Both passive and active RFID systems require microchips (integrated circuits) in order to function, which has an extensive manufacturing process which requires a lot of energy. The critical metal needed to produce microchips is silicon, which luckily is one of the most common elements on earth. However, it still must be mined, which requires a lot of energy, and the source is being depleted at a very rapid rate (Steadman). The manufacturing process requires an excessive amount of energy per microchip, spread across hundreds of steps. The most important parts of the manufacturing process are the purification of silicon, maintaining the proper conditions inside the building, and the creation of the final chip. For modern microchips to be manufactured, the silicon used must be almost one hundred percent pure because of the very small size of transistors. In 2018, the common number of transistors on a one-centimeter square microchip is around two billion. If there are any impurities on the silicon, such as a dust particle or too high surface roughness, the entire chip will electrically fail. To make this extremely low-entropy silicon, it must be heated to two thousand five hundred degrees Fahrenheit in a furnace that has been purged with argon gas, so there is no air. This heating process requires massive amounts of energy to complete, which only increases as the necessity for higher purity silicon continues to grow. Next, there is the energy used for the actual wafer production after the silicon is in its purest form and it can be worked with in the proper conditions. The energy used in this production phase is thirty to forty percent of the entire energy used in a manufacturing plant. Once the silicon is pure, it is cut into wafers two thirds of a millimeter thick. After they are cut, they go through multiple buffing processes to reduce the surface roughness to less than a millionth of a millimeter. Now the circuit designs which have been designed using computer aided design software can be etched onto the wafers using a photolithographic process, usually consisting of about forty layers (cplai, YouTube). The silicon wafers are coated in a chemical that responds to light, which require more energy to create and purify. This process requires a lot of energy, especially because of the mass quantity of microchips that are being produced, for many different purposes. RFID tags use microchips, but almost every electronic device does as well. Finally, fifty percent of the overall energy that goes into producing a microchip is used to keep the proper conditions in the building. The air in the buildings is restricted to no more than one hundred parts per cubic meter, because there can be no particles that touch the silicon chips or circuit designs anywhere in the manufacturing stage. This energy used to maintain these conditions is split between ventilation and air conditioning (Williams). In total, the electricity used to produce a single centimeter square chip is one and half kilowatt hours. To produce an entire wafer, the figure is close to two thousand kilowatt hours (Decker). Most of this energy is still produced by burning fossil fuels, which is very harmful to the environment and unsustainable. However, the production process of RFID tags is not near complete, as active tags still require batteries.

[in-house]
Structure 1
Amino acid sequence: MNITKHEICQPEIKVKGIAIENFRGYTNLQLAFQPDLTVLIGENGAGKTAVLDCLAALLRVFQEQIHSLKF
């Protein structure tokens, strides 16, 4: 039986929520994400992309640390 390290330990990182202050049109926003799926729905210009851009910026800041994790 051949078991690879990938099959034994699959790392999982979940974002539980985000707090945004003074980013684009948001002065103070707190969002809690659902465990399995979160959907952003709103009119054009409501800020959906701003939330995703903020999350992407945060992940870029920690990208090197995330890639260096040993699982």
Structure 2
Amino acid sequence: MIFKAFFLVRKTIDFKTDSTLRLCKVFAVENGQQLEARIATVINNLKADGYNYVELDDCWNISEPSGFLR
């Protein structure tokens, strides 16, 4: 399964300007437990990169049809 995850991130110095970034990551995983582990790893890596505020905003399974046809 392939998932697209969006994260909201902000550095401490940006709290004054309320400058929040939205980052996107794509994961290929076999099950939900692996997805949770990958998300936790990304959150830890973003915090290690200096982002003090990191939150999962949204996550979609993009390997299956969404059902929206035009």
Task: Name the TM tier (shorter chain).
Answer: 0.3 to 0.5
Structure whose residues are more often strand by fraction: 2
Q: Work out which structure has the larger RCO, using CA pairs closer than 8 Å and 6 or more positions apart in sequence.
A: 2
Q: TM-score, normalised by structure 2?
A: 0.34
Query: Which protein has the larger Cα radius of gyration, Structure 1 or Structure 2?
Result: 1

As opposed to passive RFID tags, which only get their energy from the reader, active RFID tags require batteries to support their much greater range and features. Though in recent years batteries have gotten more efficient, the process of manufacturing them requires a lot of energy. Most of this energy comes from mining lithium, the key component in modern lithium-ion batteries. These types of batteries are used across a wide variety of products, including smart phones to electric automobiles. Raw lithium can be extracted from brines, or salt rich waters that are pumped to the surface, and the water evaporates over a few months. Many salts are left over, lithium being one of the later ones. The process of pumping the salt rich waters to the surface requires a lot of energy, which is done all around the world, with the most in Australia and South America (Foehringer). Once raw lithium is mined, it must be processed into lithium carbonate for use in batteries and other products, but this requires more energy for transportation. To create a battery, other rare metals such as cobalt, nickel, and graphite are necessary, which take a lot more energy to extract, especially as sources are depleted and deeper mines must be created. Then, all these materials must be put together to manufacture a lithium-ion cell, and many cells go into a completed battery, depending on the size. These are produced in large factories, as they have all sorts of applications, and these factories require large amount of electricity to run. They do not need to be kept as clean as microchip manufacturing facilities, however the machinery requires a lot of power to run. Again, this process applies to many different products, but active RFID tags require these batteries and must take part in the large energy consuming manufacturing industry. Once the microchips and batteries have been produced, the RFID tags can be assembled. This is again done inside factories, increasing the total amount of energy and electricity put into them. Regarding electricity, most electricity used in every process listed so far is mostly generated from non-renewable sources, such as burning coal or fossil fuels. For these fuels, more energy is spent in the massive industry of extracting oil and coal. Then, burning these fuels only results in around forty percent efficiency, resulting in a huge loss of energy (potential electricity) to heat. For the electricity that comes from renewable sources, such as wind and solar, still requires a lot of energy to produce wind turbines or solar panels. Photovoltaic cells require rare metals to produce and do not have very high efficiencies either, resulting in further increased expended energy not directly used in the manufacturing of RFID tags.